Hypoxia-mediated Na-K-ATPase degradation requires von Hippel Lindau protein

Guofei Zhou, Laura A. Dada, Navdeep S. Chandel, Kazuhiro Iwai, Emilia Lecuona, Aaron Ciechanover, Jacob I. Sznajder

Research output: Contribution to journalArticlepeer-review

30 Scopus citations

Abstract

Hypoxia inhibits Na-K-ATPase activity and leads to its degradation in mammalian cells. Von Hippel Lindau protein (pVHL) and hypoxia inducible factor (HIF) are key mediators in cellular adaptation to hypoxia; thus, we set out to investigate whether pVHL and HIF participate in the hypoxia-mediated degradation of plasma membrane Na-K-ATPase. We found that in the presence of pVHL hypoxia decreased Na-K-ATPase activity and promoted the degradation of plasma membrane Na-K-ATPase. In pVHL-deficient cells, hypoxia did not decrease the Na-K-ATPase activity and the degradation of plasma membrane Na-K-ATPase was prevented. pVHL-mediated degradation of Na-K-ATPase required the functional pVHL E3 ligase and Ubc5 since pVHL mutants and dominant-negative Ubc5 prevented Na-K-ATPase from degradation. The generation of reactive oxygen species was necessary for pVHL-mediated Na-K-ATPase degradation during hypoxia. Desferrioxamine, which stabilizes HIF1/2α, did not affect the half-life of plasma membrane Na-K-ATPase. In addition, stabilizing HIF1/2α by infecting mammalian cells with adenoviruses containing the oxygen-dependent degradation domain of HIF1α did not affect the plasma membrane Na-K-ATPase degradation. In cells with suppression of pVHL by short hairpin RNA, the Na-K-ATPase was not degraded during hypoxia, whereas cells with knockdown of HIF1/2α retained the ability to degrade plasma membrane Na-K-ATPase. These findings suggest that pVHL participates in the hypoxia-mediated degradation of plasma membrane Na-K-ATPase in a HIFindependent manner.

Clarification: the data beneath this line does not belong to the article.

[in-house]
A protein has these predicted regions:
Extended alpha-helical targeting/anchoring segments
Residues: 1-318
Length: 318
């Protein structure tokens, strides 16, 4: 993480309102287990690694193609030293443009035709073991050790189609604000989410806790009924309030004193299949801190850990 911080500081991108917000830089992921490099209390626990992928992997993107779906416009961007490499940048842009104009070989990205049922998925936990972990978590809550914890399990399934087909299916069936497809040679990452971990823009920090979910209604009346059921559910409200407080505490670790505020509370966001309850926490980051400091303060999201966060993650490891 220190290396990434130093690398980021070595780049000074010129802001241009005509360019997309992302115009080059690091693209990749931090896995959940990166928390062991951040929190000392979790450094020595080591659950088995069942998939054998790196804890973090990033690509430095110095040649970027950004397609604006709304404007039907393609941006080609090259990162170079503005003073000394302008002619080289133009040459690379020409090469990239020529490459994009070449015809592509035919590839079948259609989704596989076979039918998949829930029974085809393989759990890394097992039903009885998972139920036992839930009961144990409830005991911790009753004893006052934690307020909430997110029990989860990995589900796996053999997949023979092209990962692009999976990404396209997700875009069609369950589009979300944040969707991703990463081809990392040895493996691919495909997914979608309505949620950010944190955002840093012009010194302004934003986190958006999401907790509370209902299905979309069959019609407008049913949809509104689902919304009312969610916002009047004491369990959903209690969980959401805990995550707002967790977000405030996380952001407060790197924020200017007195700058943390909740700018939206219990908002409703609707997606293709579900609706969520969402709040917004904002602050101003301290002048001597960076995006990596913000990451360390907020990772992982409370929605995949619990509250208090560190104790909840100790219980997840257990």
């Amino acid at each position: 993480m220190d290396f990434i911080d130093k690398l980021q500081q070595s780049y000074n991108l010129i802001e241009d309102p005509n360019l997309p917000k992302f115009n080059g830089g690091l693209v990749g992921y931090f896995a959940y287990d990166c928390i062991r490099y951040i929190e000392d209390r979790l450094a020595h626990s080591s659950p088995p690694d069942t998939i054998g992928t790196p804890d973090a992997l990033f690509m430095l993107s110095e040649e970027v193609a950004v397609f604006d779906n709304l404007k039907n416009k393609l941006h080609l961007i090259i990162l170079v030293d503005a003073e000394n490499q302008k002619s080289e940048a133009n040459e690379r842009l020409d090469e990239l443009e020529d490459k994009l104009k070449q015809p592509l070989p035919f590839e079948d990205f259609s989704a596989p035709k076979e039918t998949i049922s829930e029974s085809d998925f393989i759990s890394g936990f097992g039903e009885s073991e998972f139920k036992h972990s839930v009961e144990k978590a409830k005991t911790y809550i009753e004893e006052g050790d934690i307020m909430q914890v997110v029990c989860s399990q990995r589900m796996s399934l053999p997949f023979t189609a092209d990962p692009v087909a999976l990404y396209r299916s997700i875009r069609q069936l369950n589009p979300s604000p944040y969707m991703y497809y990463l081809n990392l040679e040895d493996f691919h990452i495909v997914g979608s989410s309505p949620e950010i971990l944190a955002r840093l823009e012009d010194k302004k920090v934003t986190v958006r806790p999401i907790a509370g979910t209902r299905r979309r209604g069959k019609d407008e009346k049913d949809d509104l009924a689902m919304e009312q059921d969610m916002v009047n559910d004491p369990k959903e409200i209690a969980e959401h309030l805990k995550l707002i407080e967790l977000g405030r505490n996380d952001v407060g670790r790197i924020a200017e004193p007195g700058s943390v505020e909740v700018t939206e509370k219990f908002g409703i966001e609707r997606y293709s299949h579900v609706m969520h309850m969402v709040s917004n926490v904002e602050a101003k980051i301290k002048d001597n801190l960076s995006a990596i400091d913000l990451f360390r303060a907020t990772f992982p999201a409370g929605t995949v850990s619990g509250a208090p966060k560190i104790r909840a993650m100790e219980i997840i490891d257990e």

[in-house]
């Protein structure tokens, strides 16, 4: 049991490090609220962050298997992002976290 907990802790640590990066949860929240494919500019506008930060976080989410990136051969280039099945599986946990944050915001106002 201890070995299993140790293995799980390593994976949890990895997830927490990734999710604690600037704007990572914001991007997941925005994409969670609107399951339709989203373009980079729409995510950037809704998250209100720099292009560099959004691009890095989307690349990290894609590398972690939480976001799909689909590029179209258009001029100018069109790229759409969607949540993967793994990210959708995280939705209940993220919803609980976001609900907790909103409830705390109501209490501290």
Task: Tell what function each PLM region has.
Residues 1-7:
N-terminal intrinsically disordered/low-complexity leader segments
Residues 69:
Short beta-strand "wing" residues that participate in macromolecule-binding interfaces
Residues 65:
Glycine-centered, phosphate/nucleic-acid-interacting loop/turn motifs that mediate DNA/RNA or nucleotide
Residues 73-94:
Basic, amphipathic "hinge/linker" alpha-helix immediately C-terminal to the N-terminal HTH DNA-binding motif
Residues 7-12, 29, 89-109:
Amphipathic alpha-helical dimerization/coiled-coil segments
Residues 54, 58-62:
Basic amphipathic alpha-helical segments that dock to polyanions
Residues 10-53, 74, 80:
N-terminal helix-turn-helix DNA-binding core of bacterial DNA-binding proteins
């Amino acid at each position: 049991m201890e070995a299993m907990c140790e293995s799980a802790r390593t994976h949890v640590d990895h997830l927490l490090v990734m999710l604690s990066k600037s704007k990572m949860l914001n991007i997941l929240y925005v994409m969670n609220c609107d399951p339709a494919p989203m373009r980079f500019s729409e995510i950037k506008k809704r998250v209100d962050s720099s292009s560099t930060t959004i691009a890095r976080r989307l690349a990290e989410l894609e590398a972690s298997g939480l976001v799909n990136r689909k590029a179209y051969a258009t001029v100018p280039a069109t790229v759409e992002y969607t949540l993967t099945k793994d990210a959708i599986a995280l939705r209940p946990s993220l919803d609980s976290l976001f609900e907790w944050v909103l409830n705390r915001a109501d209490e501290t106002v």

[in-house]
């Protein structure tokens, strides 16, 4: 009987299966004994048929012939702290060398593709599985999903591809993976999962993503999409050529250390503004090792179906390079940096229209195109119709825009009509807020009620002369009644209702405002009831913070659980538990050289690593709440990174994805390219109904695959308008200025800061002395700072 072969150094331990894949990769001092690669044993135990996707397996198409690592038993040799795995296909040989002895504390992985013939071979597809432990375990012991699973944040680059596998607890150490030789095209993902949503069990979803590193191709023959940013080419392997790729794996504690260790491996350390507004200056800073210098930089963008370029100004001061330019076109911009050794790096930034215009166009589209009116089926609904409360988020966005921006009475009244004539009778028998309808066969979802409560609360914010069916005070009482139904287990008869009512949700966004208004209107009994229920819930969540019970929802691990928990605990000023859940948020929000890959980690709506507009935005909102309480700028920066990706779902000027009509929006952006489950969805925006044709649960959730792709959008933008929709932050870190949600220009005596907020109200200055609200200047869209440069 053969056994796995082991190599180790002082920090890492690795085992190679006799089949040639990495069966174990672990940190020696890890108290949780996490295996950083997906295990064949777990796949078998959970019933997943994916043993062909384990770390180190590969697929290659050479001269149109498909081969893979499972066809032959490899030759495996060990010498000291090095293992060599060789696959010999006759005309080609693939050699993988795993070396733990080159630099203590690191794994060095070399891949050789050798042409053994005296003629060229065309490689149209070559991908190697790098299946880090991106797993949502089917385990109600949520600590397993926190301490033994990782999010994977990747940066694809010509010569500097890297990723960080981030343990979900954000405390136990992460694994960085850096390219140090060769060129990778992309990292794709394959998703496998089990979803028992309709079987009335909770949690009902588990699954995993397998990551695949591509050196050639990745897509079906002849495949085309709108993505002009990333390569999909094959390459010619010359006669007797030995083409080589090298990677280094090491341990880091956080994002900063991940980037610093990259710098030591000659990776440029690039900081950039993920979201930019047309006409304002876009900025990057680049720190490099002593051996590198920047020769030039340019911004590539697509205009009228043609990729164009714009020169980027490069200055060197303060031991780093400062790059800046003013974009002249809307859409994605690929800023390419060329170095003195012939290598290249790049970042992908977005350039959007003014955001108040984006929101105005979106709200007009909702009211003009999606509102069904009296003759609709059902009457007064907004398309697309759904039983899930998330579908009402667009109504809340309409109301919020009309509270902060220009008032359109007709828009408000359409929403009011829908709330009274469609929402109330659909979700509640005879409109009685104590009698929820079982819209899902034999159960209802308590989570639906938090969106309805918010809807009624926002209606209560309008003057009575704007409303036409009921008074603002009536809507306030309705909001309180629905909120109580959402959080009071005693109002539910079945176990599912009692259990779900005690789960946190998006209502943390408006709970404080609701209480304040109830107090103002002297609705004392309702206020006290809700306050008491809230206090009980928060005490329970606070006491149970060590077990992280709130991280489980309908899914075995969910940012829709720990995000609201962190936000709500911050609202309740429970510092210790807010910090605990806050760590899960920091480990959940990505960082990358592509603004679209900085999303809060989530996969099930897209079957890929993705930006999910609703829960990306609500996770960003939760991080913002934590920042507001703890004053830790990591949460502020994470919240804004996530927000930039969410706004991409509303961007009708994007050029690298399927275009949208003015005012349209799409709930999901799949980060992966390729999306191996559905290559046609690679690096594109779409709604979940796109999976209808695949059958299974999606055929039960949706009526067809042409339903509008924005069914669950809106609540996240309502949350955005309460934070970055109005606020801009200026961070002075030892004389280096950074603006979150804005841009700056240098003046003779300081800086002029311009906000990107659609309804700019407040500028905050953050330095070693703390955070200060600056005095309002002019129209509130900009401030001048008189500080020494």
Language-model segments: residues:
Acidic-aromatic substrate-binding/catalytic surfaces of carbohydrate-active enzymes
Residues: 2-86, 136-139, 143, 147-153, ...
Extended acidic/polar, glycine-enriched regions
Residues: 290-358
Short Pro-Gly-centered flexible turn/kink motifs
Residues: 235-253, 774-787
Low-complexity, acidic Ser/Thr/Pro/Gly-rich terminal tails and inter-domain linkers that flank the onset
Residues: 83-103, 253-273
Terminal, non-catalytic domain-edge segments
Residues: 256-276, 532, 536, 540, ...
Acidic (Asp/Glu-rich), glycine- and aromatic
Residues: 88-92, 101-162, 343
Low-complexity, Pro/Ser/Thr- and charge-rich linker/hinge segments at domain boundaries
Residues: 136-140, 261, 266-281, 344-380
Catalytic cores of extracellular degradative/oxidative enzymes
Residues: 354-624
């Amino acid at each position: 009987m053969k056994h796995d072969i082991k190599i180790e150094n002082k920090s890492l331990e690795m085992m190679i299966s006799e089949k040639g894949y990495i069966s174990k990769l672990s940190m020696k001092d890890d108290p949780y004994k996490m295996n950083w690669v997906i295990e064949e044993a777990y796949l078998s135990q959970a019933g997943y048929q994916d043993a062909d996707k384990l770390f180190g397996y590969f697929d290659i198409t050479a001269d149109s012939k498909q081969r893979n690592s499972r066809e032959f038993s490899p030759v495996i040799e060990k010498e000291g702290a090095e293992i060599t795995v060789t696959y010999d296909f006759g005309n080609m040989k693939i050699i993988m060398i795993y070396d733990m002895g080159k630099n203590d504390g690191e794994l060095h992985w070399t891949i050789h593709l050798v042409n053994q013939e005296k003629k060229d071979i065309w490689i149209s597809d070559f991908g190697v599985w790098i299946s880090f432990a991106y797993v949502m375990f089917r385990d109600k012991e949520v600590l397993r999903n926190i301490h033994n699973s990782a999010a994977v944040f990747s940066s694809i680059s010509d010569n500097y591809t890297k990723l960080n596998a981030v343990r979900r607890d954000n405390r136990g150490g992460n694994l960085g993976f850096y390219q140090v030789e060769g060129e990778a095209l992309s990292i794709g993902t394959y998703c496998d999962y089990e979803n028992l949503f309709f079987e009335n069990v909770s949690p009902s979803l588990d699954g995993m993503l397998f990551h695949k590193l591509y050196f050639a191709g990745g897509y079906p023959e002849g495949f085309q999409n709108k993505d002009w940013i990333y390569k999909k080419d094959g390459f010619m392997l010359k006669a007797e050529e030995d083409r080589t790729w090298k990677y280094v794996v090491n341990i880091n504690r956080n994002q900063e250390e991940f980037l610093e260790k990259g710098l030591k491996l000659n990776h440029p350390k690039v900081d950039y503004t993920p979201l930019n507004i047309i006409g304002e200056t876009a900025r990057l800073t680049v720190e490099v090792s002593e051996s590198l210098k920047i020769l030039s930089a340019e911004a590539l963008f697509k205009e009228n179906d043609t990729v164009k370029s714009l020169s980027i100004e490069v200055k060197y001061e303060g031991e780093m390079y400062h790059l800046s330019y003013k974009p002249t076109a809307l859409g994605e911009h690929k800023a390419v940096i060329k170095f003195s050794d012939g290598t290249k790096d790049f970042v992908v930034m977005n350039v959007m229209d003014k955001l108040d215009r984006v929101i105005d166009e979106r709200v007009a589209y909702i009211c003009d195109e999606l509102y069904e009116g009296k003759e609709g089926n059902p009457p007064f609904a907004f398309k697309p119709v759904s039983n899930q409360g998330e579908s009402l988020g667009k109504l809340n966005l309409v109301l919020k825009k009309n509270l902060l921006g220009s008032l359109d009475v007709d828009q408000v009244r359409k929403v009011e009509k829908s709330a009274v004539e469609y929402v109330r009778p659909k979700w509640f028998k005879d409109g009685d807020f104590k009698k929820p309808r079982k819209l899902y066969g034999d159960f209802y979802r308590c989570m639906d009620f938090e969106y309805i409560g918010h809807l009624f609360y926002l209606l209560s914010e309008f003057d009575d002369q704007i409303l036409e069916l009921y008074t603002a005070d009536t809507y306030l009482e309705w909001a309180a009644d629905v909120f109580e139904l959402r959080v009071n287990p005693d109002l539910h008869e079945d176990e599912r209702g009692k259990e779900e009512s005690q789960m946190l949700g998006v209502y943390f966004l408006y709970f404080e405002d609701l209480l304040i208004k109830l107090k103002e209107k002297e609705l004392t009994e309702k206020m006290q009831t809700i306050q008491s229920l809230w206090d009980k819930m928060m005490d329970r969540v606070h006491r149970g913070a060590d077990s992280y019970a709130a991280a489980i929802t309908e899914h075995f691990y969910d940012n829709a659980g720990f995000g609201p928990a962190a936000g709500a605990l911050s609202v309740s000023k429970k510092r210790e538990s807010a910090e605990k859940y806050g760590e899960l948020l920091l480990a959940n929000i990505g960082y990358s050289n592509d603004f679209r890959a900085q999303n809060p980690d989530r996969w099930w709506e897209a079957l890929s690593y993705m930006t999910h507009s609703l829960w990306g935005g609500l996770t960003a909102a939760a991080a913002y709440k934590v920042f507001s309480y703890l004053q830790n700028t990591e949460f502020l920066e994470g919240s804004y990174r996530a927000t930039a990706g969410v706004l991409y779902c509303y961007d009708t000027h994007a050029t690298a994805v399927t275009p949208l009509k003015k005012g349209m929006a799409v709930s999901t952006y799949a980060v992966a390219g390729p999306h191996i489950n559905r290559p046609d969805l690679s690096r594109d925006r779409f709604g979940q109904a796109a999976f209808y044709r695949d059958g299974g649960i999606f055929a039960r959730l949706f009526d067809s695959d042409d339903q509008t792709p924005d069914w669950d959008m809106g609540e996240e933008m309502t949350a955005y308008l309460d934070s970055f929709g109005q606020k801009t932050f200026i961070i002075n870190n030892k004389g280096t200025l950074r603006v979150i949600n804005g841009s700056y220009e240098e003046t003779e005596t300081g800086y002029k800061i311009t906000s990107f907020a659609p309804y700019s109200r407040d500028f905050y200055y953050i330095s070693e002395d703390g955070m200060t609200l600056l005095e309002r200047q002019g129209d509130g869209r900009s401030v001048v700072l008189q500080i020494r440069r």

Original languageEnglish (US)
Pages (from-to)1335-1342
Number of pages8
JournalFASEB Journal
Volume22
Issue number5
DOIs
StatePublished - May 2008

Keywords

  • Hypoxia inducible factor
  • pVHL

ASJC Scopus subject areas

  • Biotechnology
  • Biochemistry
  • Molecular Biology
  • Genetics

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